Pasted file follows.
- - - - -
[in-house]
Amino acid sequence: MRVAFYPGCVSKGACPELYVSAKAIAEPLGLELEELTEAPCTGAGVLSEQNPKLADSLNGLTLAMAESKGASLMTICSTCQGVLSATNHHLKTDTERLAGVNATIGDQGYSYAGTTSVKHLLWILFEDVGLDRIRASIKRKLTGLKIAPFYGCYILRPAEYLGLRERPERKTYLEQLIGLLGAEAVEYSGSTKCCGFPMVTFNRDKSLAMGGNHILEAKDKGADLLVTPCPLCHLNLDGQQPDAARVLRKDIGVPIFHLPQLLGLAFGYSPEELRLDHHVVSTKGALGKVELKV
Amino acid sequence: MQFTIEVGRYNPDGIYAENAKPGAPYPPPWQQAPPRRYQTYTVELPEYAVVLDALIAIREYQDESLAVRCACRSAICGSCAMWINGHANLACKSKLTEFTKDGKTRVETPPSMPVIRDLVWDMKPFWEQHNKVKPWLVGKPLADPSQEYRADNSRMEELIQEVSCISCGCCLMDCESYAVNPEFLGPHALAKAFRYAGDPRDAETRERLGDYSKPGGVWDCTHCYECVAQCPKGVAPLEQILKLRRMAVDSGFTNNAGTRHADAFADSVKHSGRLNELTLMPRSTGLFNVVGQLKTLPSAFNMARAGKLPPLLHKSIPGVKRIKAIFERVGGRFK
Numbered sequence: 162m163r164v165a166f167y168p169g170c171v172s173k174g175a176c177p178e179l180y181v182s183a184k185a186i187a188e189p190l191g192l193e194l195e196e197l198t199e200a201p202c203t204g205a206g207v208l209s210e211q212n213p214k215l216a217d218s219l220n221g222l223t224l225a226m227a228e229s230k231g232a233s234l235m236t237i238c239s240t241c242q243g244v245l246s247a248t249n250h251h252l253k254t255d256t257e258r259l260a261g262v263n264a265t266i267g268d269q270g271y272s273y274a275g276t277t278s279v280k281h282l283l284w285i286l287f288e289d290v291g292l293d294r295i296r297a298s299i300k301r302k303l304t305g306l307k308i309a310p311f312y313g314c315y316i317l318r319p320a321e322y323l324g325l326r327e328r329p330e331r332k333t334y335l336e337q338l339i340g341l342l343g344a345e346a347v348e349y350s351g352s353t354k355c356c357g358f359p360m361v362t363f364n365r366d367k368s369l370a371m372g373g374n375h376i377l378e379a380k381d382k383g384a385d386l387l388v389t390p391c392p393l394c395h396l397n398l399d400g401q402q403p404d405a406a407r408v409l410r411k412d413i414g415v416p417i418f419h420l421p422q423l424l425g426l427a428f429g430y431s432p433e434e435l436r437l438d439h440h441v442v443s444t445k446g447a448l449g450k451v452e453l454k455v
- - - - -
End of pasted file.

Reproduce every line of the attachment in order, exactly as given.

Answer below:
[in-house]
Amino acid sequence: MRVAFYPGCVSKGACPELYVSAKAIAEPLGLELEELTEAPCTGAGVLSEQNPKLADSLNGLTLAMAESKGASLMTICSTCQGVLSATNHHLKTDTERLAGVNATIGDQGYSYAGTTSVKHLLWILFEDVGLDRIRASIKRKLTGLKIAPFYGCYILRPAEYLGLRERPERKTYLEQLIGLLGAEAVEYSGSTKCCGFPMVTFNRDKSLAMGGNHILEAKDKGADLLVTPCPLCHLNLDGQQPDAARVLRKDIGVPIFHLPQLLGLAFGYSPEELRLDHHVVSTKGALGKVELKV
Amino acid sequence: MQFTIEVGRYNPDGIYAENAKPGAPYPPPWQQAPPRRYQTYTVELPEYAVVLDALIAIREYQDESLAVRCACRSAICGSCAMWINGHANLACKSKLTEFTKDGKTRVETPPSMPVIRDLVWDMKPFWEQHNKVKPWLVGKPLADPSQEYRADNSRMEELIQEVSCISCGCCLMDCESYAVNPEFLGPHALAKAFRYAGDPRDAETRERLGDYSKPGGVWDCTHCYECVAQCPKGVAPLEQILKLRRMAVDSGFTNNAGTRHADAFADSVKHSGRLNELTLMPRSTGLFNVVGQLKTLPSAFNMARAGKLPPLLHKSIPGVKRIKAIFERVGGRFK
Numbered sequence: 162m163r164v165a166f167y168p169g170c171v172s173k174g175a176c177p178e179l180y181v182s183a184k185a186i187a188e189p190l191g192l193e194l195e196e197l198t199e200a201p202c203t204g205a206g207v208l209s210e211q212n213p214k215l216a217d218s219l220n221g222l223t224l225a226m227a228e229s230k231g232a233s234l235m236t237i238c239s240t241c242q243g244v245l246s247a248t249n250h251h252l253k254t255d256t257e258r259l260a261g262v263n264a265t266i267g268d269q270g271y272s273y274a275g276t277t278s279v280k281h282l283l284w285i286l287f288e289d290v291g292l293d294r295i296r297a298s299i300k301r302k303l304t305g306l307k308i309a310p311f312y313g314c315y316i317l318r319p320a321e322y323l324g325l326r327e328r329p330e331r332k333t334y335l336e337q338l339i340g341l342l343g344a345e346a347v348e349y350s351g352s353t354k355c356c357g358f359p360m361v362t363f364n365r366d367k368s369l370a371m372g373g374n375h376i377l378e379a380k381d382k383g384a385d386l387l388v389t390p391c392p393l394c395h396l397n398l399d400g401q402q403p404d405a406a407r408v409l410r411k412d413i414g415v416p417i418f419h420l421p422q423l424l425g426l427a428f429g430y431s432p433e434e435l436r437l438d439h440h441v442v443s444t445k446g447a448l449g450k451v452e453l454k455v